The 'real' Mitt
Green is flip-flopping Romney's true color
By Barry Gordon 03/08/2012
A s I write this, I have no idea what will happen on Super Tuesday, but you readers will. As we’ve watched candidate after candidate march to the precipice of success only to throw themselves off of a cliff, the March of Mitt Romney continues with its painful, awkward but seemingly inevitable climb.
The only alternative most Republicans are talking about is that Rick Santorum and others might do well enough to deny Romney the nomination at the convention, at which point some savior from the sidelines will rush into the fray (maybe in Chris Christie’s case, “rush” is the wrong image) and save the party from a November debacle.
So if the pundits are right, Romney will ultimately be the Republican nominee. And, of course, then he can show his true colors and be the good centrist he needs to be to win the hearts of moderates and independents, those voters he must have if he is to defeat President Obama, or not.
Throughout this campaign, there has been a fairly steady drumbeat from the media that the “real” Mitt Romney is not the immigrant-bashing, tax-hating, saber-rattling, “severe” conservative we’ve seen throughout the debates. That’s just a pose to disguise the moderate who lurks beneath. You know, the man who gave us Romney Care and ran to the left of Sen. Ted Kennedy in 1994 (If you don’t believe me, check out the YouTube clips of the Romney-Kennedy debate).
Of course, how do we know that his moderation wasn’t just as much of a mask in liberal Massachusetts? Is he a moderate playing a conservative now or was he a conservative playing a moderate then?
A second favorite theme of the media tries to answer those questions. It tells us that Romney will say or do anything to get elected — that, in Jon Huntsman’s words, he has “no moral core.” That explanation may be closer to the mark, but it suggests that we don’t know who the “real” Mitt Romney is or what the “real” Mitt Romney would do if he were to become President.
I think I do know the real Mitt Romney and, I believe, that in his own way, he is just as driven by ideology as Santorum. It’s just a different ideology. Romney is the purest representative of the thinking of the “1 percent” and the purest exponent of an extreme free-market ideology out of all of the candidates in the race (always excepting the unelectable Ron Paul, of course). He is a believer of what used to be called Social Darwinism … the belief in the survival of the fittest, the strongest, the richest. He is, in many ways, the embodiment of those who created what many see as a Second Gilded Age. In short, he is a man of our time.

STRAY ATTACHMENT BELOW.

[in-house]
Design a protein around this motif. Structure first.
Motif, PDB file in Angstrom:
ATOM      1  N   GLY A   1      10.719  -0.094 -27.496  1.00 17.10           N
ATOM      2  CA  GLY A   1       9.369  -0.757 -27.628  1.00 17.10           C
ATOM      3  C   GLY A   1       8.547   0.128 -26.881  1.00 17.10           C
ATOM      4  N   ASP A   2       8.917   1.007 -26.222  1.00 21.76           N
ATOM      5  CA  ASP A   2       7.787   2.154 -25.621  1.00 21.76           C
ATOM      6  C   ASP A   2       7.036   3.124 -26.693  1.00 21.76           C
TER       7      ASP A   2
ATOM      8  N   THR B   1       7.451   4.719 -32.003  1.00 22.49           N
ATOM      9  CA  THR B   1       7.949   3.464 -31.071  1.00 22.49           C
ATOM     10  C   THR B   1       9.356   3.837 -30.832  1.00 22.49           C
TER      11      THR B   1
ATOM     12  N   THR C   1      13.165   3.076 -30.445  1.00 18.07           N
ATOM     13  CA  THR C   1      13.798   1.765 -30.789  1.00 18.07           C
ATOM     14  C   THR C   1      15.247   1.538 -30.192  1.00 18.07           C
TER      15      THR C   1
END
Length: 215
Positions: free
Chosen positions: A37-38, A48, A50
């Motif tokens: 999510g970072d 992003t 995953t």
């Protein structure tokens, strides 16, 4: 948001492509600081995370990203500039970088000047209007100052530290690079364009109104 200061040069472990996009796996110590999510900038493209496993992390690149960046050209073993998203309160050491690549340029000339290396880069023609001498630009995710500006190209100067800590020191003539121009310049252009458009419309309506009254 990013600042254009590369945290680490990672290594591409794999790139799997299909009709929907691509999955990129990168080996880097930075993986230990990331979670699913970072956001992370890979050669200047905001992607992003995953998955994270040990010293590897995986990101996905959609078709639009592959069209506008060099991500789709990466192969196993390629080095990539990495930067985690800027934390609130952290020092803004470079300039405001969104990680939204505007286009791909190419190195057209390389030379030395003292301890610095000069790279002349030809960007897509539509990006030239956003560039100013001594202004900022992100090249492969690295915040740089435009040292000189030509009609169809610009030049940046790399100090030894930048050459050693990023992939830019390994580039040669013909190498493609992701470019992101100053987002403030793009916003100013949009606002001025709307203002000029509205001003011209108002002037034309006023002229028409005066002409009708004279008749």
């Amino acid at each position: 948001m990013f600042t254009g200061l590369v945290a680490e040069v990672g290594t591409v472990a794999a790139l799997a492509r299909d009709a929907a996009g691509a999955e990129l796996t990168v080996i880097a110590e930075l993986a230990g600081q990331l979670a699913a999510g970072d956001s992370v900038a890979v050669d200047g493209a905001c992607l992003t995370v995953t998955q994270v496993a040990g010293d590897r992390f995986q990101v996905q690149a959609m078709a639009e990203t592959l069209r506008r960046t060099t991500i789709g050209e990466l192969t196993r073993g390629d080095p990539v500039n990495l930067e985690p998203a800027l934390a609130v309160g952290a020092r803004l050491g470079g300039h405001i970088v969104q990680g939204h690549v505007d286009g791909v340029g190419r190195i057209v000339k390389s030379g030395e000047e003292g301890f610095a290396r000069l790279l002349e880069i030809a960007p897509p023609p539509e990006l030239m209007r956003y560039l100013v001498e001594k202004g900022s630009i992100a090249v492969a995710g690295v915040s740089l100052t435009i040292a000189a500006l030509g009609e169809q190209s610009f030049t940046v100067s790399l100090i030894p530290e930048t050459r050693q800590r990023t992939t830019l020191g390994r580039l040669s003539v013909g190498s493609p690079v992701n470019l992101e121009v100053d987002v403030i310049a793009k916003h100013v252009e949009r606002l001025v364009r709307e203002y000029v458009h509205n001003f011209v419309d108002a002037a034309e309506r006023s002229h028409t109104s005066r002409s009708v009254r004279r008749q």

The Beltway wants us to think that a race between Obama and Romney will be fought in the center. I’m not sure that it will. More likely, a race between them will be fought on a different battlefield — that of the 1 percent versus the 99 percent.
Romney believes that success can be measured strictly in terms of wealth. And I see no evidence that he very much cares how that wealth is acquired or used. Some say that Romney was a job creator, others that he was a job destroyer. They are both right. Whether he created or destroyed jobs was only a side effect of his true business at Bain Capital, which was to make money for his investors and his partners. If he could make that money by building a company up, he did that. And if he could make money by tearing a company down, he did that as well. The end result was all-important.
Romney truly believes in trickle-down economics, more perhaps than even Reagan or George W. Bush. When he talks about government getting out of the way, he means it should leave people like him free to make as much money as they want. While he speaks of the middle class, I have not seen one proposal actually directed at the middle class. To the contrary, his tax proposals would result in a huge boon for people exactly like himself.
Unlike other wealthy presidents like Franklin D. Roosevelt or John F. Kennedy, Romney does not wish to become president so he can help the less fortunate in our society. He believes in the magic of leveraged buyouts and credit default swaps. He wants to put the brakes on financial reform. He sees regulation as a hindrance to progress, rather than a guard against unfettered greed and unlimited risk-taking.
That’s how I see Romney in his least-scripted moments, offering $10,000 bets, bragging about friendships with NASCAR team owners (not the drivers or the fans) and showing his “Buy America” spirit by pointing out that his wife drives “a couple of Cadillacs.” Don’t get me wrong — I don’t care that he’s rich. I just care that he seems to have no understanding of the rampant inequality of opportunity that exists in this country. He has no ear for the voices of those who have lost their jobs due to outsourcing and downsizing, or who have gone broke because of an unanticipated foreclosure or an unforeseen illness. To Romney, the alternative to government intervention is simple. Nothing like a few well-managed bankruptcies to set the course right again. Yeah, that’s the ticket.
If this race is about the economy, and most believe it will be, the Republicans could not cast a better surrogate for the 1 percent than Willard “Mitt” Romney. And President Obama will no doubt cast himself as the surrogate for the other 99 percent. In that scenario, who do you think will win?